Vinnie Bagwell, whom I know, who created “The First Lady of Jazz Ella Fitzgerald,” at Yonkers Metro-North/Amtrak train station, which I have seen, is creating the “Enslaved Africans’ Rain Garden,” an urban-heritage, public-art project for Yonkers; a seven-foot Sojourner Truth for the Walkway Over the Hudson in Poughkeepsie; and the $1M “Victory Beyond Sims” for Central Park. I briefly wrote about her in Slavery in New York: An Angolan Case Study.

Mark Jarzombek is Professor of the History and Theory of Architecture at MIT.

Jenny Moore has served as Executive Director of The Chinati Foundation since 2012.

Erica Avrami, PhD (moderator) is the James Marston Fitch Assistant Professor of Historic Preservation at Columbia University’s Graduate School of Architecture, Planning, and Preservation.

I cannot comment on what was said. It did call to mind a session I attended in New York that was focused on New York City itself.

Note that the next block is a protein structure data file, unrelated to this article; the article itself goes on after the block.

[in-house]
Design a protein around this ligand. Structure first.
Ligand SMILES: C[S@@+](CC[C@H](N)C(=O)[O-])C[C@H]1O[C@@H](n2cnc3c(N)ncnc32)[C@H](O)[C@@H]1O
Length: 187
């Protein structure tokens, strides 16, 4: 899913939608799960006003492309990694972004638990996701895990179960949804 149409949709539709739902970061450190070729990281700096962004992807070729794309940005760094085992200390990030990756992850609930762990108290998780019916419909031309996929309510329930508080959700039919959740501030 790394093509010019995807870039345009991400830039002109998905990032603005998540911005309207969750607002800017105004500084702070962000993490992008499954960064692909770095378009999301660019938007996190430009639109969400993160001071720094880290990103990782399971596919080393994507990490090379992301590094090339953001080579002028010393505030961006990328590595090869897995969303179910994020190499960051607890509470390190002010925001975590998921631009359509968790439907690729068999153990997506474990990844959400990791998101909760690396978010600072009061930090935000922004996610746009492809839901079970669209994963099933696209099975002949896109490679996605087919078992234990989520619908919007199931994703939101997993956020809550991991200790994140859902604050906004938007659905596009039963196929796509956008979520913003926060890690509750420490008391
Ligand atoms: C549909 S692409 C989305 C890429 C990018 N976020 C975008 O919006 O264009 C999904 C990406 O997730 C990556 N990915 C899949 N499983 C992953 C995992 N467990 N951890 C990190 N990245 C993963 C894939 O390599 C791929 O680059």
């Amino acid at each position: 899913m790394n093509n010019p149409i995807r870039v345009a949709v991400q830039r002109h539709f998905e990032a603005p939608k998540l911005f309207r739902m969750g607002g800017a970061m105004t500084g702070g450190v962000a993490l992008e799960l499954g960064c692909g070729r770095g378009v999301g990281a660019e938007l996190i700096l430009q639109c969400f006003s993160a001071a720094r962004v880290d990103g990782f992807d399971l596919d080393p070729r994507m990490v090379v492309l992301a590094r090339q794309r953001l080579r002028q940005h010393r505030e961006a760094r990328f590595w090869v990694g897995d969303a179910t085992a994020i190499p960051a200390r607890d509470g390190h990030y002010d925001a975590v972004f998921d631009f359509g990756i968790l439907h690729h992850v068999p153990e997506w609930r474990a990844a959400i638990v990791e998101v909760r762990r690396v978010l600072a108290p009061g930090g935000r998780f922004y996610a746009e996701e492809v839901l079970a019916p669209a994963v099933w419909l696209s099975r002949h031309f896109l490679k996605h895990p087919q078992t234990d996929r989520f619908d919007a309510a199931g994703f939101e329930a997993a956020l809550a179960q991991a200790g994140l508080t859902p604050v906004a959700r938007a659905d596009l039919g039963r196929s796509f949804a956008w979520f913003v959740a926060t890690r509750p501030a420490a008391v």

Who Decides? The History and Future of Monument Creation in New York City

Oct. 9, 2018, CUNY

New monuments are coming to NYC. But how will they be selected? The city established a Monuments Commission last fall and announced a $10 million pledge for statues or public art honoring neglected groups, and the same amount for monuments recognizing women. In this panel, historians, art historians, and monument advocates will discuss the history of monument creation, visions for new projects, and the current pressures on city agencies to respond to public opinion.

  • Michele Bogart, Professor of Art History, Stony Brook University and author of the new Sculpture in Gotham: Art and Urban Renewal In New York City
  • Mary Anne Trasciatti, Professor of Writing Studies and Rhetoric, Hofstra University and President, Remember the “Triangle Fire Coalition”
  • Jack Tchen, Professor of Public History and the Humanities, Rutgers University and member of the NYC Mayor’s Commission on Monuments